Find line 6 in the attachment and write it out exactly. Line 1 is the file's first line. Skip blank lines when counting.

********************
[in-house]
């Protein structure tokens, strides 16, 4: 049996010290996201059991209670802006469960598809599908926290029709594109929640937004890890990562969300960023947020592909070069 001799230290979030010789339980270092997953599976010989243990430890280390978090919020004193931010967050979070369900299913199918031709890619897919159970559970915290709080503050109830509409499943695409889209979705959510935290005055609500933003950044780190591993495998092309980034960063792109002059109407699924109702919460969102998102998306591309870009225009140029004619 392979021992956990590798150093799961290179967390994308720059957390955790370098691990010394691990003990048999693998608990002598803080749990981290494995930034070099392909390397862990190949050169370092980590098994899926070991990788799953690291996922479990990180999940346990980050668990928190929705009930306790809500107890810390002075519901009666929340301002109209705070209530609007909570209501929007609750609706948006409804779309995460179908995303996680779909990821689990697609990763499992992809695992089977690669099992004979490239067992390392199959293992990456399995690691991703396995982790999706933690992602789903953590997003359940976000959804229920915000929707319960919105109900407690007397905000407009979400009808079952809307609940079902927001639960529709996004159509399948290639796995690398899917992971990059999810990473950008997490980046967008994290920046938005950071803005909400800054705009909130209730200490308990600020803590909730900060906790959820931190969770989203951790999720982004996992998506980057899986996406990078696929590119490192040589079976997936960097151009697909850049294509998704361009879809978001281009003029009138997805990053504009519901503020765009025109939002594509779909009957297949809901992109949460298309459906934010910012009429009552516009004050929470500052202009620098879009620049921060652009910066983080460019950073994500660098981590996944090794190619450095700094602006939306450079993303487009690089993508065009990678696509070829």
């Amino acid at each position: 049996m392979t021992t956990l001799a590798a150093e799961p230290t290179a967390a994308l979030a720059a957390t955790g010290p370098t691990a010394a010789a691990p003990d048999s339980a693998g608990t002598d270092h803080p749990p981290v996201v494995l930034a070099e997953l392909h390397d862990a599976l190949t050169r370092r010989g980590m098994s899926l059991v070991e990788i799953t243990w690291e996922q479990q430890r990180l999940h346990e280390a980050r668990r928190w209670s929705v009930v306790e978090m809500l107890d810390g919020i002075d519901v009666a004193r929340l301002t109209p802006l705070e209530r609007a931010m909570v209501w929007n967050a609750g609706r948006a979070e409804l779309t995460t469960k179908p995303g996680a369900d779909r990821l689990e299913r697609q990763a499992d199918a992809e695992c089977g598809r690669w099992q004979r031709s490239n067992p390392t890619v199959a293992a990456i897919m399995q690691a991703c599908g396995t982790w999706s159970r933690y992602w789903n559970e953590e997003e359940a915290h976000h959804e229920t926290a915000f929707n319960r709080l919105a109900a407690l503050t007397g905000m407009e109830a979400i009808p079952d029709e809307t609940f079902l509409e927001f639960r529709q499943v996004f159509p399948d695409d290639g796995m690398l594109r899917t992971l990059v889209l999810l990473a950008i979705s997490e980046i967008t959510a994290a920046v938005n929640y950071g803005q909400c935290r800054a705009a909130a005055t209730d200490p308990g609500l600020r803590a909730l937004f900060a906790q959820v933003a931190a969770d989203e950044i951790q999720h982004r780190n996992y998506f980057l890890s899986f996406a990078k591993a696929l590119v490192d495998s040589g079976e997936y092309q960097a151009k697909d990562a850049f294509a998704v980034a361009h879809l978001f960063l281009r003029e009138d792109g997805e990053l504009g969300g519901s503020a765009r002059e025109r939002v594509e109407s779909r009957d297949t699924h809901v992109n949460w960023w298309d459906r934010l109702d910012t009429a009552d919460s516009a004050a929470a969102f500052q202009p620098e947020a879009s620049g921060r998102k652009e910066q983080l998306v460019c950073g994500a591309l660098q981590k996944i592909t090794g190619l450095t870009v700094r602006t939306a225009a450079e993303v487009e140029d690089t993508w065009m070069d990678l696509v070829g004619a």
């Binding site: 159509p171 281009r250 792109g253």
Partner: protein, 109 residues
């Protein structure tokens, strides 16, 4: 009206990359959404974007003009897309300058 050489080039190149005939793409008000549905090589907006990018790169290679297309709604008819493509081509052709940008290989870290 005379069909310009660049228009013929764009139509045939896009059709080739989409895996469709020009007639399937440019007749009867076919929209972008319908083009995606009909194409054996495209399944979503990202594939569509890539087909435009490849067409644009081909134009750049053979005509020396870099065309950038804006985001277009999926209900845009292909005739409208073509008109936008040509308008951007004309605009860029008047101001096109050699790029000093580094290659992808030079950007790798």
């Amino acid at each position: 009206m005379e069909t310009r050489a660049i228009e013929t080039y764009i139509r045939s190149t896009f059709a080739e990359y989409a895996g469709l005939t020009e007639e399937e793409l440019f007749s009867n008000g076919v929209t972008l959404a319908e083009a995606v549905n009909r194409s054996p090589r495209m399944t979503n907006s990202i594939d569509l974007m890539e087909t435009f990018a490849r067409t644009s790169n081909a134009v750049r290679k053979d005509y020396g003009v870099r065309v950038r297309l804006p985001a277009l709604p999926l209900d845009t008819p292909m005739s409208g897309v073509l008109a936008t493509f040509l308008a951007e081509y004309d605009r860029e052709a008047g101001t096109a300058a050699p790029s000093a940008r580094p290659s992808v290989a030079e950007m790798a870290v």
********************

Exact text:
């Protein structure tokens, strides 16, 4: 009206990359959404974007003009897309300058 050489080039190149005939793409008000549905090589907006990018790169290679297309709604008819493509081509052709940008290989870290 005379069909310009660049228009013929764009139509045939896009059709080739989409895996469709020009007639399937440019007749009867076919929209972008319908083009995606009909194409054996495209399944979503990202594939569509890539087909435009490849067409644009081909134009750049053979005509020396870099065309950038804006985001277009999926209900845009292909005739409208073509008109936008040509308008951007004309605009860029008047101001096109050699790029000093580094290659992808030079950007790798």